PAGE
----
Look around. How many things exist in the world? Consider that every one of them is comprised of only 118 elements.
In order to understand these elements we needed a means of organizing and categorizing them. Human beings struggled for a millennia to devise such a system and In 1869, the Russian chemist Dmitri Mendeleev gave us the periodic table as we know it.
Mendeleev created a diagram that resembles a lopsided castle. Each row and column has its own meaning. Each element appears in order according to the number of its protons. For example, H (hydrogen) comes first with 1 proton, He (helium) with 3 protons, and so forth through to Og (oganesson) with 118 protons.
The vertical columns, or groups, tells us the number of electrons in the outer orbital and the rows, or periods, tell us the number of electron orbitals an element has.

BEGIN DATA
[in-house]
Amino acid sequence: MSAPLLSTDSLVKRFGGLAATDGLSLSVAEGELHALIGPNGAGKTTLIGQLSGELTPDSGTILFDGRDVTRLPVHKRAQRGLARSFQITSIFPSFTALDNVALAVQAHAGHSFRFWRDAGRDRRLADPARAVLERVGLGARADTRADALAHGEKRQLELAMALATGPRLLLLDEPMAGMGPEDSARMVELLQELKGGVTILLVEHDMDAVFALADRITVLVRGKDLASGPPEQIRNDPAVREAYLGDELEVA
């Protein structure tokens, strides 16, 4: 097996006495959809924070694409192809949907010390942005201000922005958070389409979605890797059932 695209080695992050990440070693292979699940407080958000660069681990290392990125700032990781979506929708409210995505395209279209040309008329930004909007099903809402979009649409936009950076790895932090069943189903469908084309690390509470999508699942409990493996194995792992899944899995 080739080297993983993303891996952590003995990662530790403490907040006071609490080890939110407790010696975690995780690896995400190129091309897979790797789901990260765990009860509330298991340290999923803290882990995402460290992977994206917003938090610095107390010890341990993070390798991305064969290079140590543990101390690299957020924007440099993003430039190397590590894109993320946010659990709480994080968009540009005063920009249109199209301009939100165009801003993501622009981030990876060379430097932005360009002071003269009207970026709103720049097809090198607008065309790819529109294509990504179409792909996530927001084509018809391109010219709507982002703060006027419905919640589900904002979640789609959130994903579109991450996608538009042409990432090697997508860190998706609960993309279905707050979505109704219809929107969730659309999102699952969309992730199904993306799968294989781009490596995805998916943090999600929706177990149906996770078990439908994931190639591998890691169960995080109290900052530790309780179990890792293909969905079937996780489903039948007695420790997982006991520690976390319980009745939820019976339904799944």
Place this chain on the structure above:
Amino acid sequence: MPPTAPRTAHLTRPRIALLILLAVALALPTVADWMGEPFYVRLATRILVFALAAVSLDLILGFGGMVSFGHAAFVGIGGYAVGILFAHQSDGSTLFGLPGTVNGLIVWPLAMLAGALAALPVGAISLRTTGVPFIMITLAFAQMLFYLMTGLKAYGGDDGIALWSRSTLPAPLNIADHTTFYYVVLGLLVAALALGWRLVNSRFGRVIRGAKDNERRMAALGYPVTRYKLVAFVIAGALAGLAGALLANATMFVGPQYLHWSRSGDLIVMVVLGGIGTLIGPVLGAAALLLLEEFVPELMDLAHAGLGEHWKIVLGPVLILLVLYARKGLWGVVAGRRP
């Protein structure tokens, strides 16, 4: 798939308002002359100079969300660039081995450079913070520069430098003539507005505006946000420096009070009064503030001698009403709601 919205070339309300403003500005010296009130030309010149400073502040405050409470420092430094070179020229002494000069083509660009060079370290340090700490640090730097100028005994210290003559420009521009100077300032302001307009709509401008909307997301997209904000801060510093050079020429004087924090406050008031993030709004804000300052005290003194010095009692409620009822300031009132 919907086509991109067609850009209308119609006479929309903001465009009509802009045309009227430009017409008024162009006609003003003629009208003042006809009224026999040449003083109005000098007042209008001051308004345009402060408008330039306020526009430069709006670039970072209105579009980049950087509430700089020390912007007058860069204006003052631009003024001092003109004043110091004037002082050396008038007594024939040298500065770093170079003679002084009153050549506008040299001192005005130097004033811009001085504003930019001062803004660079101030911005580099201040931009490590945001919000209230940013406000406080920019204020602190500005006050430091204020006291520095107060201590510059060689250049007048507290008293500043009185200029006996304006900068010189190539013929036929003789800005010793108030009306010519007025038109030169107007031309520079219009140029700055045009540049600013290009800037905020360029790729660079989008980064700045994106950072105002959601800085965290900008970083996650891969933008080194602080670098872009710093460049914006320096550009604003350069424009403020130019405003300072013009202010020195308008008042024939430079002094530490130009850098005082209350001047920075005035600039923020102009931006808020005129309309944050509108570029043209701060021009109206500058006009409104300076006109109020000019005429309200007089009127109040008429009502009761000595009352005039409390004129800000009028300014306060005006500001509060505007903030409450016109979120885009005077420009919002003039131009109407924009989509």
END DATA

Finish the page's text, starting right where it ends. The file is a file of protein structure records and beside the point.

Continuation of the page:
At 46 percent, Oxygen is the most common element on earth. Carbon is found in all living things: people, dogs, cats, plants, birds, trees. At a total of 31 grams on earth, astatine is the rarest natural element.
People have known some of the elements for thousands of years, such as gold, silver, copper and mercury. But others like potassium, iodine, zinc and helium were only discovered in the 19th century. Still newer elements like Ununseptium and Flerovium are manmade.
When the periodic table was first developed it had many gaps in it and in the 19th and 20th century scientists raced to fill them. Currently, the table is complete, although more elements may be added as science develops.
Understanding of the elements is the basis of chemistry, biology, physics and all knowledge stemming from these fields.
The periodic table is so significant it’s still in use today and can be found in every child’s science classroom.
In 2019 the world will celebrate 150 years of the ingenious periodic table.